By Leah Harris

Bibliotherapy is a practice dating back to ancient times, acknowledging the healing properties of engagement with books. In the UK, reading is currently being “prescribed” in a pilot program for the treatment of behavioral health conditions and chronic pain. And according to a recent article in The Boston Globe: “Bibliotherapy can show people how characters in similar circumstances overcome difficult situations. Books can also provide readers with the vocabulary to articulate what they’re feeling. Giving names to experiences that seem haphazard, confusing, or inexplicable can boost a reader’s sense of security and mastery.”

In a recent essay in Salon, Jeannine Hall Gailey discusses how reading has helped her to survive both physical and mental health conditions during the pandemic. One of the books she discussed in the essay was Octavia Butler’s 1993 Parable of the Sower. Butler is known as the “mother of Afrofuturism” and her work has received notable acclaim as of late, having made the New York Times’ bestseller list for the first time in 2020, 14 years after her death.

Parable of the Sower, and its sequel, Parable of the Talents, set in California just 4 years from now, depict a world that Butler sensed was on its way if things did not change significantly. The book describes a society in which gated communities, defended by armed guards, keep some people protected (to a degree) from a state beset with the effects of climate change including fires, shortages of drinkable water, and violence. The book’s main character, Lauren Olamina, is a 15-year-old Black girl living in one such gated community. She suffers from a condition called “hyperempathy,” in which she physically feels the pain of people around her. Forced from her gated community, Olamina rises to the occasion, despite the sometimes debilitating nature of her condition. As Gailey says of the book’s heroine, “The oppressive sense of suffering all around her – as oppressive as wildfire smoke – spurs her to become a leader, taking action in what appears to be hopeless circumstances. It serves as a timely reminder for us to take action to reduce suffering in the world.”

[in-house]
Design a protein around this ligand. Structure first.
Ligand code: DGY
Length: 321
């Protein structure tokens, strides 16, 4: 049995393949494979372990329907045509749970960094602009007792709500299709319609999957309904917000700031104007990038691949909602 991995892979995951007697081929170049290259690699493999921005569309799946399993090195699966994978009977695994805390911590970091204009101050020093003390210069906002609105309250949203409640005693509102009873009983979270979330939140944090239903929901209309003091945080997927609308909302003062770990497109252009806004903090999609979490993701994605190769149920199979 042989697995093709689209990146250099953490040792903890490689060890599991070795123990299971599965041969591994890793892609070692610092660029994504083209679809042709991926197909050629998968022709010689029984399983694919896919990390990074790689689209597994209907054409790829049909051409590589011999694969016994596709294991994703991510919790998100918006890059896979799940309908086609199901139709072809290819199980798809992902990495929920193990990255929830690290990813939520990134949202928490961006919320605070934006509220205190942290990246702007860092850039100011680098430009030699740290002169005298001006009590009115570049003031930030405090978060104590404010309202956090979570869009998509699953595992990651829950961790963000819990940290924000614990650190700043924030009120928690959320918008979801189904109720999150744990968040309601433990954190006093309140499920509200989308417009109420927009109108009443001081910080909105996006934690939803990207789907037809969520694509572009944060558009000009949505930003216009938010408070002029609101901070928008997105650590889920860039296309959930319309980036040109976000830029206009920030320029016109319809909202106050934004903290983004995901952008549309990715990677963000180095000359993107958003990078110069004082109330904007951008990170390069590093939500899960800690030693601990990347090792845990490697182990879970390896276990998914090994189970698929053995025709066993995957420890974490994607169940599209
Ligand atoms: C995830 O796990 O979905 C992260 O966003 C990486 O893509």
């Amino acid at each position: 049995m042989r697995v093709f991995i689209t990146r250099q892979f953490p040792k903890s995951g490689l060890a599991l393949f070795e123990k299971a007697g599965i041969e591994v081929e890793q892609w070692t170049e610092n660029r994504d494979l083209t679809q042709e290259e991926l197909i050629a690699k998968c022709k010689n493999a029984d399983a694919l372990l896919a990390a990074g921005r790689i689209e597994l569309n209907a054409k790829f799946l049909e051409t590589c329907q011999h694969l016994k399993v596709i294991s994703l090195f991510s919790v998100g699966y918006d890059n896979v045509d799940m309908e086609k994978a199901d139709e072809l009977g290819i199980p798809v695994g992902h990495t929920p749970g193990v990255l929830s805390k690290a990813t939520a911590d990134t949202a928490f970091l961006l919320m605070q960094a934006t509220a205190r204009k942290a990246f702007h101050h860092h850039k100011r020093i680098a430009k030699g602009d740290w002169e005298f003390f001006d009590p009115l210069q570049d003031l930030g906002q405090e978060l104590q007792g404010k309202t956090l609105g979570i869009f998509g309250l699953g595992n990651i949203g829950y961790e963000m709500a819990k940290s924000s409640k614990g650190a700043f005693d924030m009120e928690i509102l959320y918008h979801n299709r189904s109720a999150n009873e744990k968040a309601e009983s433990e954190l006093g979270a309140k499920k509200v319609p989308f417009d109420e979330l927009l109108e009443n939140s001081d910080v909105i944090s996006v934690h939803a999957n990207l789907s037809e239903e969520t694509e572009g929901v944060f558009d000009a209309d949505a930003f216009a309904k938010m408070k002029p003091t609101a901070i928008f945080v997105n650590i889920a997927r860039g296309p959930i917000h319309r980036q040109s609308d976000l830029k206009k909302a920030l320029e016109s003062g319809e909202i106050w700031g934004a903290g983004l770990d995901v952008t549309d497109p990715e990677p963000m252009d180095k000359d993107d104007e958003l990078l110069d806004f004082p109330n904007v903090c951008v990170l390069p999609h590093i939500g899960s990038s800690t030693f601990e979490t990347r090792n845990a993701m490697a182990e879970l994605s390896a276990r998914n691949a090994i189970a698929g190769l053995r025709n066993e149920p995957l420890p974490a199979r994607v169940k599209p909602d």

While reading has considerable therapeutic benefits, not everyone can maintain the concentration to read at this time, as the stress of the pandemic has interfered with the ability of many people to focus. But Parable of the Sower can be found on audiobook. There is also Octavia’s Parables, a podcast launched in 2020 by Adrienne Maree Brown and Toshi Reagon. In this podcast, a chapter of Butler’s work is discussed each week, along with ways for listeners to internalize the ideas in each chapter and to incorporate them into their lives. The podcast will run through the 2020 election in November. 

Reading is by definition a solitary venture, but online book clubs provide a sense of connection and camaraderie among groups of readers. There are countless virtual book clubs happening across the country. Climate Reads, sponsored by the Brooklyn Public Library and open to anyone in the world, will continue through August 2021. The book club kicked off with Parable of the Sower last month and will read a new book each month connected to the climate emergency. 

Whether you access books on your own or via a virtual book club, may reading the words of others expand your imagination, provide nurturing and solace, and give you hope for what is possible, even in the grimmest of times. Butler’s Parable of the Sower is an excellent place to start on your bibliotherapeutic journey. Additional resources can be found below.

For further exploration:

Leah Harris is a non-binary, queer, neurodivergent, disabled Jewish writer, facilitator, and organizer working in the service of truth-telling, justice-doing, and liberation. They’ve had work published in the New York Times, CNN, and Pacific Standard. You can learn more about their work at their website and follow them on Instagram.